Money is the leading cause of divorce in the U.S. There is so much history, emotion and belief tied up in how people handle money.

The neurodiverse couple is no different.

Though money matters are something all married couples must negotiate, they can be especially contentious for the neurodiverse couple.

Executive function (what I call “adulting”) plays a major role in the ability to manage both time and money. Neurodivergence often falls to two extremes in this area: Miserly frugality or wanton overspending.

[bctt tweet=”Neurodivergence often falls to two extremes in this area: Miserly frugality or wanton overspending.” username=”TonyaKubo”]

Separate is Never Equal in Family Finances

My husband, Brian, tends to spend until the account is overdrawn. He doesn’t buy extravagant things but daily visits to Starbucks can add up in a big way before you know it.

If I impose a strict budget, he’ll let his car run out of gas for fear of upsetting me by fueling up without clear permission from me to do so. There is no in-between for him.

A friend of mine with a husband who has autism spectrum disorder has a similar challenge with rigidity. She and her husband took a Dave Ramsey class over a decade ago, and he holds firmly to those principles — even if they aren’t in the best interests of their family.

For instance, he insisted the family live without a major kitchen appliance for three months because they couldn’t pay cash for a replacement unless they reduced the extra money going toward their debt.

Dave’s program said the average couple could be debt-free in three years and this husband refused to fail at that goal. His family was miserable, but he could not be convinced otherwise.

Not Extreme, In Between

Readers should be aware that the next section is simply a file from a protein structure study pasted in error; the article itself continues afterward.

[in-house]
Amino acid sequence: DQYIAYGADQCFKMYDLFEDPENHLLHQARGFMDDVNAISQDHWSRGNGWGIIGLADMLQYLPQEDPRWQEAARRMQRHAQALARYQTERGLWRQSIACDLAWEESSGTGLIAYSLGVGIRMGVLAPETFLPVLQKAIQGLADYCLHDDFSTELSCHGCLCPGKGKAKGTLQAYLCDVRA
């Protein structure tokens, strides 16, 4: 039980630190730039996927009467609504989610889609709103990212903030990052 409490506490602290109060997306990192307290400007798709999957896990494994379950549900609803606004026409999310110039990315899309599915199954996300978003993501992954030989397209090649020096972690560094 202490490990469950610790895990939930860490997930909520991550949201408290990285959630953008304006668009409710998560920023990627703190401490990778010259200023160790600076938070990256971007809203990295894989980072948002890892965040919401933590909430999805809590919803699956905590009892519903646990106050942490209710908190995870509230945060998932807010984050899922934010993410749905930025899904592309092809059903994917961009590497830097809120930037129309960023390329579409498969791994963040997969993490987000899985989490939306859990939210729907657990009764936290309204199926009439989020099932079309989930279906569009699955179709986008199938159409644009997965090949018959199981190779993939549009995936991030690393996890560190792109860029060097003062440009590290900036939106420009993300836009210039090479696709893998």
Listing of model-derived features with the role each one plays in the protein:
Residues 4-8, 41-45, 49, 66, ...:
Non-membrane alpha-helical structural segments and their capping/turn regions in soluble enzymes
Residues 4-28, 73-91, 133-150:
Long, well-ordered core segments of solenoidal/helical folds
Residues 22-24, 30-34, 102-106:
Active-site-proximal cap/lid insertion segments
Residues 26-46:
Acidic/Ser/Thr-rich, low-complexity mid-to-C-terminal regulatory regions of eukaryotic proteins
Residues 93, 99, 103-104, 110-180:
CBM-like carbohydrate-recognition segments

I think we can all agree neither situation is ideal: It’s not healthy for a family to overdraw their accounts every month and it’s not healthy to force your family to live without necessities to meet an arbitrary deadline for eliminating debt.

So what do you do? Some couples separate their accounts. Others have the neurotypical spouse retain tight control over the family funds.

We’ve tried both solutions and I don’t recommend them. We believe marriage is a partnership and splitting bills into his-and-hers piles didn’t work seamlessly once kids were in the picture. And having me take away his debit card and checkbook made Brian feel like a child, leading to rebellion, and it made me feel like his mother. Both scenarios were lose-lose.

Instead, we look for ways that we both can win.

Win-Win Scenarios are Possible – Even When Money is Involved

We make joint finances work by creating communications systems that keep us on track for our goals. Our bills for each month are listed on our dining room white board until paid and also in an app online.  Every week, I have bills to pay and he has bills to pay.

We communicate — and over communicate — as each one is paid.

I make the grocery list and offer a ballpark budget. If he sees something he wants to buy at the store that’s not on the
list, he sends me a photo of it with the price so I can tell him whether it’s feasible.

This system isn’t perfect. We still make mistakes. He’ll forget to tell me he wrote a check, and I’ll forget to tell him unexpected expenses have forced a revision to our standard budget.

But it’s the best scenario we’ve tried, a method we have found that allows us to win individually and as a team. We both feel like partners, working toward a shared goal.

[bctt tweet=”Neither of us is perfect. But together we can win.” username=”TonyaKubo”]

I believe our system also teaches our daughters the value of open communication around money. We are always talking about money as a finite resource in our home and discussing ways we can better steward our financial resources.

Our system also allows them to witness how a team works and that each player is valuable. Neither of us is perfect. But together we can win.

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